IAP Spotlight: Priscila De Carvalho
“Continue creating art, no matter how challenging the process becomes. Continue even though you’re not showing or selling anything. Continue even if you’re dissatisfied with what you’re producing. Determination transcends reason.”
To celebrate IAP alumna Priscila De Carvalho’s permanent sculpture Bronx: Heart, Homeland, 2015 commissioned by the MTA Arts and Design Program, we took the opportunity to spotlight her activities and any advice she has about resources and living in the city.
NYFA: Where are you originally from?
PD: I am originally from Brazil. I was born in Curitiba but raised in Florianopolis, a small island located just off the southern coast of Brazil.
NYFA: What inspired you to become an artist?
PD: My mother is a painter and around nine years old I was composing small photorealistic drawings. At that time, my imagery came mostly from comics, cartoons and popular fashion magazines. I also started to attend after-school art classes and exhibiting in local galleries. My work was featured in one of the most prominent newspapers in my city. I remember that my father kept the newspaper clipping of the article in his wallet. I think it was then that I realized I could become a professional artist some day.
NYFA: What are you currently working on?
PD: I am currently working on a permanent public art project organized by Public Art for Public School (PAPS) and the NYC School Construction Authority (SCA). Urban Nature, the title of this new artwork, is inspired by a poem of Lord Byron called “Childe Harold’s Pilgrimage.” Also, I have teamed up with Art on Cotton, a t-shirt company based in Nepal that believes in donating a t-shirt for every sale with their “Get 1 Give 1” campaign. They will be making t-shirts with the image of my new mural in Brooklyn (corner of Bogart and Meadow). For every shirt that you purchase, they will donate one to children in need through orphanages, NGO’s, and other organizations helping underprivileged children in rural Nepal. All funds will go toward the production of their products and a portion of the sales will be used to help these children in the form of educational materials, medical supplies, or in the form of financial donations.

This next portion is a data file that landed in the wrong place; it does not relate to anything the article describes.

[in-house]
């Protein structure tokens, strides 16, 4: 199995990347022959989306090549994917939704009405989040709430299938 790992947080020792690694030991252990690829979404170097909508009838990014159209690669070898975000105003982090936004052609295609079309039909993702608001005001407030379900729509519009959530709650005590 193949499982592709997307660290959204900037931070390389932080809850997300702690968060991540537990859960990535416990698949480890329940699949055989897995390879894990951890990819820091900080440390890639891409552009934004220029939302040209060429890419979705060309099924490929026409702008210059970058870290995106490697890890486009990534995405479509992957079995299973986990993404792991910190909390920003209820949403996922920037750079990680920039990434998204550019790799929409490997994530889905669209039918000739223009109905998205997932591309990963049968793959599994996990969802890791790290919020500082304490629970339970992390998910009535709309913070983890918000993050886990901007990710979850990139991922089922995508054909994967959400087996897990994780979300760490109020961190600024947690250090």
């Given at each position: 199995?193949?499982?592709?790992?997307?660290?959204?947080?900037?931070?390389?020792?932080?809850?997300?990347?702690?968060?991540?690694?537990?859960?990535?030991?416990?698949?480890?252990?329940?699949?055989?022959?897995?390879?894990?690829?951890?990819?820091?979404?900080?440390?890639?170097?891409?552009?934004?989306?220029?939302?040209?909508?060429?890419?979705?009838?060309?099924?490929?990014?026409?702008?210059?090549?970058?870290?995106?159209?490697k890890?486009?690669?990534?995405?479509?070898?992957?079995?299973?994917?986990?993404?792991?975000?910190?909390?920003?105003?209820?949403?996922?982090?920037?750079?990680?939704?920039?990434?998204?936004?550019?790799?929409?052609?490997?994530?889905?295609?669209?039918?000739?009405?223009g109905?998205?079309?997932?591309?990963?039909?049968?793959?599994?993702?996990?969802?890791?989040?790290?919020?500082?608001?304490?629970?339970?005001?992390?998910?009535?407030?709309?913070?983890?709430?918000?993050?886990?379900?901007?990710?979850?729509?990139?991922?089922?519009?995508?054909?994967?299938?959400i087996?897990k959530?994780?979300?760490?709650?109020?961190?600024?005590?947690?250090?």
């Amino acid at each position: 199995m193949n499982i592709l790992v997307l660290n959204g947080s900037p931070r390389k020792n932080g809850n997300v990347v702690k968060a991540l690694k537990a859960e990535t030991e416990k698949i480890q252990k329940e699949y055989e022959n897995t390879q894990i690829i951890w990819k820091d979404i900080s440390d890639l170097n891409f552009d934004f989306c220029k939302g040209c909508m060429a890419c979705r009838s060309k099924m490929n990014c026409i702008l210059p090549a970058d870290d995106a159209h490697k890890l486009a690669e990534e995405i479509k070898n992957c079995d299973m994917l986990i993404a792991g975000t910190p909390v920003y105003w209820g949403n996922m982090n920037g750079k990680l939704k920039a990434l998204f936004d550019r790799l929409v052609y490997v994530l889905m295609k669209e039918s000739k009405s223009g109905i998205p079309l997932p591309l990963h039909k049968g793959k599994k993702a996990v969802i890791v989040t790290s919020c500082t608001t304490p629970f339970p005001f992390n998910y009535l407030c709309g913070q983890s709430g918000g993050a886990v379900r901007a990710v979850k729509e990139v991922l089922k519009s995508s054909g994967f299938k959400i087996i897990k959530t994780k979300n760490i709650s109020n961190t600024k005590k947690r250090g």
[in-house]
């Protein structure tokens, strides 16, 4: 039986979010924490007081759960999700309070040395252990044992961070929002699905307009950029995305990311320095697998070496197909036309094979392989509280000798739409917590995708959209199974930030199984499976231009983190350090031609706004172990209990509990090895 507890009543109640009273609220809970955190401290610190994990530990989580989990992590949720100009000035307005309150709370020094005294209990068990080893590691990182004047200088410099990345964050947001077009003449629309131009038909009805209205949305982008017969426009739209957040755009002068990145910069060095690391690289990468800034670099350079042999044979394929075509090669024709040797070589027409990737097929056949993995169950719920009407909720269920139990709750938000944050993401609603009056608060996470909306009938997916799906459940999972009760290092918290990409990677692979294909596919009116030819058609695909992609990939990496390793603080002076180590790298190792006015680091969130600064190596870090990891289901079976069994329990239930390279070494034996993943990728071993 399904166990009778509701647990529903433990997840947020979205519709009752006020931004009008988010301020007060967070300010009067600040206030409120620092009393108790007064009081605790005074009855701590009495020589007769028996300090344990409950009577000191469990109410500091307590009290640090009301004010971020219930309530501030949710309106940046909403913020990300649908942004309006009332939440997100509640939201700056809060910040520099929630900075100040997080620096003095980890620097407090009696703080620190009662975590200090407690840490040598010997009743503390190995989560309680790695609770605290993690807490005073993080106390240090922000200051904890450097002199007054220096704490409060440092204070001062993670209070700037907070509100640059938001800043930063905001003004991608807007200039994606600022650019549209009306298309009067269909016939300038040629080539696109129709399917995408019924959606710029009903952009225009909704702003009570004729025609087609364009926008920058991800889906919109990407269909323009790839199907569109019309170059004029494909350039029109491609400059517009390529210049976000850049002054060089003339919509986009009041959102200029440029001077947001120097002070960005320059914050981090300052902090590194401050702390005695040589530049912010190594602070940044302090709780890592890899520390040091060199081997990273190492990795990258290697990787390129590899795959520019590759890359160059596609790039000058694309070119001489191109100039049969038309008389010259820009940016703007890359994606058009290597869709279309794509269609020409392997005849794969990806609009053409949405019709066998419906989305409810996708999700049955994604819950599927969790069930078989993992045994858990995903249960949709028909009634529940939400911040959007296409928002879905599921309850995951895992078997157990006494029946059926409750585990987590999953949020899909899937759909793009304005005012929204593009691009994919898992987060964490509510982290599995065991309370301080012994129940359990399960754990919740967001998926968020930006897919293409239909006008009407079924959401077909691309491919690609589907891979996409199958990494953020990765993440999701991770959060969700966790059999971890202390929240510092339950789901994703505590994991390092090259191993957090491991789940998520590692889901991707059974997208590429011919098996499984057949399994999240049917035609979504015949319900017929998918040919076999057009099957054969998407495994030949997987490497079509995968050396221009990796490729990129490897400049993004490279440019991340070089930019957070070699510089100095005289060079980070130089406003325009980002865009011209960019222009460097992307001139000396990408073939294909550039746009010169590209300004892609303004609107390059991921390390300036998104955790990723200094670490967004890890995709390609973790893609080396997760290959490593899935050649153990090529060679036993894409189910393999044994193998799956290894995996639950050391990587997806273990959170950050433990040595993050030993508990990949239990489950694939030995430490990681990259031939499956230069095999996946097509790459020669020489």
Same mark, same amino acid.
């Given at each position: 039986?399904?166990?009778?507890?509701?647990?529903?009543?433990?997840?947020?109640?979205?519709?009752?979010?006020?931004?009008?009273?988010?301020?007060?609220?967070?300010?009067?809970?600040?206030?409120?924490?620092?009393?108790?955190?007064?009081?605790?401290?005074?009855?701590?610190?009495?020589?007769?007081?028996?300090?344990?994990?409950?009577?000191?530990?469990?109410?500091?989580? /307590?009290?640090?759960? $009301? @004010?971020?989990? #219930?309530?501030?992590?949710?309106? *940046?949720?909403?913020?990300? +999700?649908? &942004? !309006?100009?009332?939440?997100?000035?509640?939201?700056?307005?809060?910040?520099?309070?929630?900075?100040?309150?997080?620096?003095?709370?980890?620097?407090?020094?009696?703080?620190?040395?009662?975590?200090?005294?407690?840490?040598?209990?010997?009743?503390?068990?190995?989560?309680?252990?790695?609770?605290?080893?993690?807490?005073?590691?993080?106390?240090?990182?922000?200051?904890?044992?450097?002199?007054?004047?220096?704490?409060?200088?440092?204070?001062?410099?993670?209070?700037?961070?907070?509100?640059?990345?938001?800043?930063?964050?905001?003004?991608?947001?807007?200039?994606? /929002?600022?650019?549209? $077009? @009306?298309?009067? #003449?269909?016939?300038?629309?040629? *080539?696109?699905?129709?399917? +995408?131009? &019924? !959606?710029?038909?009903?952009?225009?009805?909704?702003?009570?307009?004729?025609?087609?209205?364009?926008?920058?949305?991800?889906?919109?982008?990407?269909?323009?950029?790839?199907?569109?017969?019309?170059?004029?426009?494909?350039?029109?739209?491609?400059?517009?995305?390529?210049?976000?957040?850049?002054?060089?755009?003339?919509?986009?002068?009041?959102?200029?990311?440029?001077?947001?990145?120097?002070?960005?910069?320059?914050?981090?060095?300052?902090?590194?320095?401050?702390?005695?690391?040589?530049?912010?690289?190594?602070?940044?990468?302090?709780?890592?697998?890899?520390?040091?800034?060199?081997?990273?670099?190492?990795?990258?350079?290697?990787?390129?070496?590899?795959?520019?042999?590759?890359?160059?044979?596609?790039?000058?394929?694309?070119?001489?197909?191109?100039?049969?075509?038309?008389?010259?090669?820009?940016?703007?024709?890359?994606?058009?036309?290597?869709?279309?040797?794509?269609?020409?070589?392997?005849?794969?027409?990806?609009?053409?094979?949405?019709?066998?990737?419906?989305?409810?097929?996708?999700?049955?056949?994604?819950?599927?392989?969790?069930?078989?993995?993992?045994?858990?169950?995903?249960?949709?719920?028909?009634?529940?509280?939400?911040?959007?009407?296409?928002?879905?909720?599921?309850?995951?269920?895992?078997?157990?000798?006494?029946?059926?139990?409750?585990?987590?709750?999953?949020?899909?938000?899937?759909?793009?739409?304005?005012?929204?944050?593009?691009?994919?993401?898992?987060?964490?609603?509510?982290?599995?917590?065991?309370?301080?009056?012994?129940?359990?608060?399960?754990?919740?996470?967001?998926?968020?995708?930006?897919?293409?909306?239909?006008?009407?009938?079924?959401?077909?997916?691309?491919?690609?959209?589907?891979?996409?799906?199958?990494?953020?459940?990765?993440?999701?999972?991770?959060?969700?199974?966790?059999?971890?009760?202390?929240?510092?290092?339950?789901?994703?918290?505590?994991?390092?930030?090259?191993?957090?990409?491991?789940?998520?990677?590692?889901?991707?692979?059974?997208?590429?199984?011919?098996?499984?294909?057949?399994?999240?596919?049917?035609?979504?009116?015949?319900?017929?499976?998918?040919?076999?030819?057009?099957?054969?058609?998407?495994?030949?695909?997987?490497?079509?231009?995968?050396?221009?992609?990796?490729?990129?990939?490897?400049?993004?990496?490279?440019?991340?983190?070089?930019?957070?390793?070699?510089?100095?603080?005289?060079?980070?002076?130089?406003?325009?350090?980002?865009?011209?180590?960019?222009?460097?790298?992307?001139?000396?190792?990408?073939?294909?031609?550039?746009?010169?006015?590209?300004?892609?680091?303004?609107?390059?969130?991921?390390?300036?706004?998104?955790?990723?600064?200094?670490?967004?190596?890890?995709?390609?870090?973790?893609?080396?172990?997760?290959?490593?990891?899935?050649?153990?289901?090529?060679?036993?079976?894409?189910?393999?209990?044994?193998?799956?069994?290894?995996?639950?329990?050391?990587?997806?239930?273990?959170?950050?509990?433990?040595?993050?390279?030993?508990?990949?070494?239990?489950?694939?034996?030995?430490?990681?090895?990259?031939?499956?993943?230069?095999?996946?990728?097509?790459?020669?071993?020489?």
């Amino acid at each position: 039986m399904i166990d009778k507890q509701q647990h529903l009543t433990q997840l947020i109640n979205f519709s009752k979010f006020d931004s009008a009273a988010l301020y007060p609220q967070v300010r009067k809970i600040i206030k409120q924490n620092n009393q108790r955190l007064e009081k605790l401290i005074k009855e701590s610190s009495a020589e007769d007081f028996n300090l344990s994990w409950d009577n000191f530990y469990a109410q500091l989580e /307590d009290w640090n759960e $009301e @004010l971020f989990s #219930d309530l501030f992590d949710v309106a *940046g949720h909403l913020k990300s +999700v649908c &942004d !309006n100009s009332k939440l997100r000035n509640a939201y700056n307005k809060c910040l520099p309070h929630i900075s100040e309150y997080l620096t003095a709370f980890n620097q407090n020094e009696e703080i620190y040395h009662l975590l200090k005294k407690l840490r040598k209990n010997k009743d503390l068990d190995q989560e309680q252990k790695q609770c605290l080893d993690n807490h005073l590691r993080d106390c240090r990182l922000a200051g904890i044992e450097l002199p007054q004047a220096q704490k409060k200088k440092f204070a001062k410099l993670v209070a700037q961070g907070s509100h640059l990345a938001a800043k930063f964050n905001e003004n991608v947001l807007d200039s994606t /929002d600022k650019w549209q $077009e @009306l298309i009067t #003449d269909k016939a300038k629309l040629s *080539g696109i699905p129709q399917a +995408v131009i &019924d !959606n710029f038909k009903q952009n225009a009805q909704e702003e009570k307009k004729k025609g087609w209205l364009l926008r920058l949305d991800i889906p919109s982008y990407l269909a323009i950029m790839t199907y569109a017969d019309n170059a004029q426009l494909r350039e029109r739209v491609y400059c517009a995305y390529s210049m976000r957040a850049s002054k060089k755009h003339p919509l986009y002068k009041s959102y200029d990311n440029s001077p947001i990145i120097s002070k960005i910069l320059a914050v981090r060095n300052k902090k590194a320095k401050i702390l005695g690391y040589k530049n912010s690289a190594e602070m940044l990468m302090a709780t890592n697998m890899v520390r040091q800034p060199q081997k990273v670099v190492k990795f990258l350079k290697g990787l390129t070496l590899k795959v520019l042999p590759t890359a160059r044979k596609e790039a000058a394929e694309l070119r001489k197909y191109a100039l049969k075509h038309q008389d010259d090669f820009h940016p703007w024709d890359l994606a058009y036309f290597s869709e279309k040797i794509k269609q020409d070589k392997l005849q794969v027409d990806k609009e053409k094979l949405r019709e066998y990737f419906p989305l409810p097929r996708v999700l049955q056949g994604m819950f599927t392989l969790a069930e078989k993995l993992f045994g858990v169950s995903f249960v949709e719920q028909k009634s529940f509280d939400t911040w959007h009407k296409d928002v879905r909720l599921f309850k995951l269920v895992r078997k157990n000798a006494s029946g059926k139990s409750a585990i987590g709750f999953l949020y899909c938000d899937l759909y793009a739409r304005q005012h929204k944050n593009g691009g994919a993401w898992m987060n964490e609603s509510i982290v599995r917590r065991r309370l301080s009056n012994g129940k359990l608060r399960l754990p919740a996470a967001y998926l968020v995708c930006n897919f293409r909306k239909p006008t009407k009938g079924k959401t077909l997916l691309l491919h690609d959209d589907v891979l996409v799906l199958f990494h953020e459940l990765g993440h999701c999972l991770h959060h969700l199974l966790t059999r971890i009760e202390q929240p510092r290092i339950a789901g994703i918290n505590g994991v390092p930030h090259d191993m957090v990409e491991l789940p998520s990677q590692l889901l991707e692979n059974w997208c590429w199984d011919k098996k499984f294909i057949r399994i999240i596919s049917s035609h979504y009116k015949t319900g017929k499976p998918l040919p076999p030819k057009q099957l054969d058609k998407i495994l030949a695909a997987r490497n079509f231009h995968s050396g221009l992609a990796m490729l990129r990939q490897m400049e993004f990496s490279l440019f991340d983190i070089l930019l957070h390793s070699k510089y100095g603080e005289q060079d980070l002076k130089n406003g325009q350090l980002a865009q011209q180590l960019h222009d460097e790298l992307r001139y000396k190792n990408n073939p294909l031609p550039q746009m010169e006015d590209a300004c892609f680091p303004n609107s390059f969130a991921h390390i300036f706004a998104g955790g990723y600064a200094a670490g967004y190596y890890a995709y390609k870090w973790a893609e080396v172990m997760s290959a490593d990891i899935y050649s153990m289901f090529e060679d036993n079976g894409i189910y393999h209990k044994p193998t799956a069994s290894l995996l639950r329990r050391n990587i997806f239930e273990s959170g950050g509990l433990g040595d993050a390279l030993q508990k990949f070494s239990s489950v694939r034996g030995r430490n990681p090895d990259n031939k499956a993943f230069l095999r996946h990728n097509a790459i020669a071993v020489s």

NYFA: Can you tell us a little about Bronx: Heart, Homeland, 2015?
PD: Bronx: Heart, Homeland, 2015 is based on the concept of past to present, encompassing the interplay of place, home, culture and identity. The artwork is located at the Castle Hill subway stop (on the 6 train line) and depicts silhouetted images of people living in the urban neighborhood of the Bronx. The eight black stainless steel units, uniquely integrated within the station environment, create a narrative associated with everyday life in the neighborhood–a life, for most, that revolves around the use of the subway. The focal points are about connections that are links between the home and the heart. Each silhouetted representation displays different activities: skateboarding, selling books, walking on the street and taking pathways to the station. Manmade fragments of the 20th and 21st century of Bronx history are shown, such as the subway lines, electricity cables, telephone poles and other elements. The sculptures are imbued with a visible presence, not only for those who built and contributed to the history of the Bronx, but for those here today, tomorrow and beyond.
NYFA: What is an important first step for immigrant artists?
PD: The first step for immigrant artists or artists in general is to continue creating art, no matter how challenging the process becomes. Continue even though you’re not showing or selling anything. Continue even if you’re dissatisfied with what you’re producing. Determination transcends reason.
NYFA: What if your favorite way to locate opportunities?
PD: NYFA is a great resource. The Bronx Museum of Arts AIM program (Artist in the Marketplace), Creative Capital and Aljira all have programs that can help artists at various stages of their careers.
Also, as a recipient of a Pollock-Krasner Foundation grant, I have always been deeply grateful for the many ways in which that award has contributed to my artistic development.
NYFA: What do you like best about living and creating in NYC?
PD: We are fortunate to have wonderful museums such as PS1, MoMa, the Brooklyn Museum, the Queens Museum, and many others. I appreciate that the city government is addressing the acute need of artists to live and work in New York.
Priscila De Carvalho (IAP ‘08/’13’), Bronx: Heart, Homeland, 2015, Installation View. Location: Castle Hill Avenue (6 train).